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Book Review: The Use of Pleasure

The Use of Pleasure is the second volume of Foucault's trilogy on the history of sexuality. I did not review the first volume, though I have incorporated some of its insights into my studies on Song of Songs. This volume is much more straight forward and, as it is a historical study of Greek thought on sex, is directly and obviously applicable to biblical studies.

Foucault's goal is to draw out the differences between Greek and Christian ethical thinking on the topic of sex. As Foucault demonstrates, it's not a question of degree of moral laxness or strictness. Greek sexual ethics were not so much a separate topic in ethics as they were a piece of a larger ethical question.

Foucault organizes the book primarily around four topics: the moral problematization of pleasure, dietetics, economics, and erotics (the love of boys). The first of these sections is the most important as it provides the framework that you need for the subsequent sections. Foucault's basic argument in this chapter is that the Greeks by and large viewed sex as a pleasure, alongside many others, to enjoy in moderation. The goal of Greek ethics wasn't to promote or prohibit certain behaviors but to encourage elite males to model the ideal life, a life where one was free from being controlled by one's desires, where one was one's own master. Only if you could master yourself and your household where you fit for being a leader among your people.

The second part looks at, what to us is a surprising context, for the discussion of sexual activity, dietetics. Here sex is looked alongside diet and exercise and other things related to the body. Specifically, attention is paid to the season of the year and age. In different seasons one should either reduce or increase sexual activity depending on the needs of the body. For example, some thought it better to largely abstain from sex during the hot and wet portion of the summer, since sex too made you hot and wet. The goal was to help your health be at its peak. And certainly moderation lead to health, because the Greeks believed that through sex one lost part of his virility. Moderation, then, led not only to one's own health but also to the health of one's progeny.

Foucault then turns his attention to economics, meaning sex within the sphere of household relations. Elite males had a lot of power within their household and also could have sex with anyone they wanted except a married woman who wasn't his wife (relations between two free men were also frowned upon). However, the key here, again is moderation and self-restraint. It was encouraged, that upon marriage, one not have sex with your slaves or with women outside of your household. It was best for the harmony of the household if the wife was honored that way. Self-restraint resulting in an orderly and happy home showed one's capacity for civic leadership.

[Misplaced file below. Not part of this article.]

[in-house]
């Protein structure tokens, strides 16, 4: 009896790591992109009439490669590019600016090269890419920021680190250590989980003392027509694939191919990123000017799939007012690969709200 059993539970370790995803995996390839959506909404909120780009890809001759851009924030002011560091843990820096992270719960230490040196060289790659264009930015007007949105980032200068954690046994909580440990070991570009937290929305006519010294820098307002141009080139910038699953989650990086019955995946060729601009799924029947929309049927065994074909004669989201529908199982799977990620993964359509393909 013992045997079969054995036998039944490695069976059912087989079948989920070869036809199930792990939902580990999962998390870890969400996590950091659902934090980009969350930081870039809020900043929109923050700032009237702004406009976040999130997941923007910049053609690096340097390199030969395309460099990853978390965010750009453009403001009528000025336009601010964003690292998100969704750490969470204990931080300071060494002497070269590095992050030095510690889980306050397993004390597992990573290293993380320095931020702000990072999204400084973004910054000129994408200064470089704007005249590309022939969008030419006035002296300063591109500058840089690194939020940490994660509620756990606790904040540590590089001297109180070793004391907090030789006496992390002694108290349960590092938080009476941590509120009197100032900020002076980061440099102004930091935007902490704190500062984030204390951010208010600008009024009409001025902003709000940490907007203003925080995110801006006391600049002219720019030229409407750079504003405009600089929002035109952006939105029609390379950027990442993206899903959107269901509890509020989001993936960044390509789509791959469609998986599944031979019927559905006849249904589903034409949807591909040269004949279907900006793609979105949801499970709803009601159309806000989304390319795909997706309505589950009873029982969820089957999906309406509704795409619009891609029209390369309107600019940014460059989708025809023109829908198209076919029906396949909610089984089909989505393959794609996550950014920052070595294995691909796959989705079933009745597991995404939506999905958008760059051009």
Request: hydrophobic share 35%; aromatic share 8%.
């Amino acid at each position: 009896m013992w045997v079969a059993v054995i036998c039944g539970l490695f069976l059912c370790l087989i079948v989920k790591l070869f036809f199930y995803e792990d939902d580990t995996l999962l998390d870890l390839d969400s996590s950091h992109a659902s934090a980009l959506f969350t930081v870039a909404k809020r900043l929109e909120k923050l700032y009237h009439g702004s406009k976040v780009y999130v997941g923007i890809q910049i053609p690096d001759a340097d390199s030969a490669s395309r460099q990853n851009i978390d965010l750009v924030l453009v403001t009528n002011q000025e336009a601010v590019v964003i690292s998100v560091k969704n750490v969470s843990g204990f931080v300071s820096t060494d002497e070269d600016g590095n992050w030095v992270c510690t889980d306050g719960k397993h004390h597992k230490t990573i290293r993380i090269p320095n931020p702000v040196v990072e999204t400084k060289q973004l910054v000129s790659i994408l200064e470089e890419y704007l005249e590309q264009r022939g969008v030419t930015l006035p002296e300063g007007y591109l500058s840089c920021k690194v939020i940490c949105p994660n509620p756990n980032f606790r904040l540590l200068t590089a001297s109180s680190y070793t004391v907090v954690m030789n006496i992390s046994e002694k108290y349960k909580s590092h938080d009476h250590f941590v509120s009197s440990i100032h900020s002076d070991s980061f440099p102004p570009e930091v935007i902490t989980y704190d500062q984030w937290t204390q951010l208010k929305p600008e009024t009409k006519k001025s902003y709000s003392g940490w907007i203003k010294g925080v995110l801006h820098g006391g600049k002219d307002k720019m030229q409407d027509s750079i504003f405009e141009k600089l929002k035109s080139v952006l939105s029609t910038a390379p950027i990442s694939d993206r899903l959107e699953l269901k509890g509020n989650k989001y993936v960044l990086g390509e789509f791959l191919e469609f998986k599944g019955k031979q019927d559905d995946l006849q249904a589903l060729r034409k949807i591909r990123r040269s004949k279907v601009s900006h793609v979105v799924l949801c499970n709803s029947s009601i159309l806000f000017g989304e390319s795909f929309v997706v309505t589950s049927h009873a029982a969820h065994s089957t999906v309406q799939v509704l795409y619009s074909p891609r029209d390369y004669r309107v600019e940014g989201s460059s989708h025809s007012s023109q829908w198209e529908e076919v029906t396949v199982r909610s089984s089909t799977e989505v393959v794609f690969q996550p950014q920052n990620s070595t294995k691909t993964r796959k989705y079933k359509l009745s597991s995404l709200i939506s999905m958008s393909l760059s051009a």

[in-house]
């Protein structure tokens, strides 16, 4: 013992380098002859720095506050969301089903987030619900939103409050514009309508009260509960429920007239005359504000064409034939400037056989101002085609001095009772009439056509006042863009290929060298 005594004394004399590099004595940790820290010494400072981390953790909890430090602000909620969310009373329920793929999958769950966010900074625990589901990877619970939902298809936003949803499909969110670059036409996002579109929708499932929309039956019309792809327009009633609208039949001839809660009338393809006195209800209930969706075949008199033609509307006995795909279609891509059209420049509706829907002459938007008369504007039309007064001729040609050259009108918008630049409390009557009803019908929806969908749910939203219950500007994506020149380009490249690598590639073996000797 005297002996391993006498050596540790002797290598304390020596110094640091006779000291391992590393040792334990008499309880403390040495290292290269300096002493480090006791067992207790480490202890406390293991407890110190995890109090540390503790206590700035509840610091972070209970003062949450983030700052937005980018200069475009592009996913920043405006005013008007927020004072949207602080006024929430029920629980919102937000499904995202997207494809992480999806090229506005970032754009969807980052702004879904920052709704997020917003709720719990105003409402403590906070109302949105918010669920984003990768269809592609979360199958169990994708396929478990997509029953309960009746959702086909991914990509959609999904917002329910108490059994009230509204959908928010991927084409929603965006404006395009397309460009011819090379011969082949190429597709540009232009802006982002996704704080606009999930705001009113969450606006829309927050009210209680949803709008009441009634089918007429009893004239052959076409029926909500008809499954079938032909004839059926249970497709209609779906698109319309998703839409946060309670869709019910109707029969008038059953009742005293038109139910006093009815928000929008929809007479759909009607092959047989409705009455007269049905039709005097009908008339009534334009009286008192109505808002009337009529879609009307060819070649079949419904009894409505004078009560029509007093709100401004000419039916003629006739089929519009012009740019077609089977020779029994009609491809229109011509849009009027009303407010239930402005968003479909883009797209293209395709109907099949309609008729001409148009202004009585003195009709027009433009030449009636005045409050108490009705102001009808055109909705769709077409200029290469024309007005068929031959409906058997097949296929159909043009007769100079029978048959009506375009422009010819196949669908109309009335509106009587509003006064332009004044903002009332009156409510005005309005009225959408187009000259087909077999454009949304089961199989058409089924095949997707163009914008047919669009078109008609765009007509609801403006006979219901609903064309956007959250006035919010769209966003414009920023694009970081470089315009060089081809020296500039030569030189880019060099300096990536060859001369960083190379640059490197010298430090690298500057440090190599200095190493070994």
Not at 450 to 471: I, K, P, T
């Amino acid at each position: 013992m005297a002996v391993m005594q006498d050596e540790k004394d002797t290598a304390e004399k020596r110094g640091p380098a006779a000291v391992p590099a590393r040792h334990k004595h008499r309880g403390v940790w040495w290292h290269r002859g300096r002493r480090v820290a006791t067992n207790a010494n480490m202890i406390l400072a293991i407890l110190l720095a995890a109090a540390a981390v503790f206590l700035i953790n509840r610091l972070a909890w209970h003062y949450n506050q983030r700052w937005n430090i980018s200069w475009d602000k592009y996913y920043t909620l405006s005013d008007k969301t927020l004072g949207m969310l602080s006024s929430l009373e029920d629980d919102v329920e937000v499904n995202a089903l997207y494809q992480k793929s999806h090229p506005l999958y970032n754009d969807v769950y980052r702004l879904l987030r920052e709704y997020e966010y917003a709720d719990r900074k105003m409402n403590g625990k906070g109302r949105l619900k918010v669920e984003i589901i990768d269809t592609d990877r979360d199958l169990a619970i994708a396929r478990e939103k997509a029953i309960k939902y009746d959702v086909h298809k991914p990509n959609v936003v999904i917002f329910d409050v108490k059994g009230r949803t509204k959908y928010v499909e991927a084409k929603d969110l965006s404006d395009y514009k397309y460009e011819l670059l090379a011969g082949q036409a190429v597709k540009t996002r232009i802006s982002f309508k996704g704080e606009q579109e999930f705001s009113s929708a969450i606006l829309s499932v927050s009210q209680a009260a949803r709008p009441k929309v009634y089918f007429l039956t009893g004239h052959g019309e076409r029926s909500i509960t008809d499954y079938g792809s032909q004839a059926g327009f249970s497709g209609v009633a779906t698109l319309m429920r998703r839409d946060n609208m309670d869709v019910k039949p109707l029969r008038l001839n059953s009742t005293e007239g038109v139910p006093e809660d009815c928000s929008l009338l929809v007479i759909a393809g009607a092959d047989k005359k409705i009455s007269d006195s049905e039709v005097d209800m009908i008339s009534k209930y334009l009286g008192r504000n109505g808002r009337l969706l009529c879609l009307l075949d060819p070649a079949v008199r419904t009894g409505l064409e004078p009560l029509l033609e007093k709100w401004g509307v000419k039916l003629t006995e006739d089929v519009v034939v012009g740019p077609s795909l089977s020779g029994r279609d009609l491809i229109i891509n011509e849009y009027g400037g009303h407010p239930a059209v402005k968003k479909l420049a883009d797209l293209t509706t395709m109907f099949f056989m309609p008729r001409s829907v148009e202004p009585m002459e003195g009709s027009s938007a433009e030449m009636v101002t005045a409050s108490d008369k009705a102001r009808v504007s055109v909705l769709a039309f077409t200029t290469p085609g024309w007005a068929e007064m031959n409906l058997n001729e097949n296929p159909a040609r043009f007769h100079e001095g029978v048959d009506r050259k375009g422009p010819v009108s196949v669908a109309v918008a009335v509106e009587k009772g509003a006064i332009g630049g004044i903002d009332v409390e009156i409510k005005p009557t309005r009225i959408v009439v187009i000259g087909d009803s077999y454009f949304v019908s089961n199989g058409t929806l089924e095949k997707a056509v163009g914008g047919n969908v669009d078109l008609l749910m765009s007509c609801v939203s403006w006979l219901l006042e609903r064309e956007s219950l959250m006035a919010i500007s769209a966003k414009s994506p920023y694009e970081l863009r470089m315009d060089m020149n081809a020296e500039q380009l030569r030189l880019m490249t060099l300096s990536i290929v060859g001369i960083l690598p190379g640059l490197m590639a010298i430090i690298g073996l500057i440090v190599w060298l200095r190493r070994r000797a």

The last major portion was erotics, here being the love of boys. This section shows the greatest amount of tension in Greek ethical thinking. The difficulty wasn't with having sex with someone of the same gender. Greeks loved beauty and found the immature male body to be the zenith. It was over questions of social status. Being the passive member in a relationship meant that one was inferior or slighted (thinking that lies beneath phrases like 'that sucks' or "I'm f..."). Thus, most of the discussion centered around what age it was permissible for boys to have older male lovers, how easily the boy could give, what benefits the boy could receive, and when did these relationships turn into prostitution. There was a narrow window where it was ok. The boy had to be old enough to demonstrate potential for future leadership. He couldn't be too developed, otherwise it would be degrading to him. It was a very complex dance.

What I hope this review shows is the very different attitude towards sex that the Greeks had. Foucault argues his case very persuasively, quoting heavily from primary sources. This is critical background to have in mind, especially when studying Paul's advice to his pagan comments. It enlightens us to their background and will give greater insight into why Paul approached issues the way he did. Additionally we see just how different early Christian ethics are in comparison to Greek ethics. It is much more purity oriented, individualistic, and rule driven. The Greeks were much less concerned with discussing what types of activity were permitted or prohibited.

Overall, I consider The Use of Pleasure to be mandatory reading for anyone studying New Testament sexual ethics or sexual ethics more broadly. It gives both good historical information and is a model of how to be sensitive to the actual concerns of ancient writers and cultures rather than imposing one's own agenda upon them.

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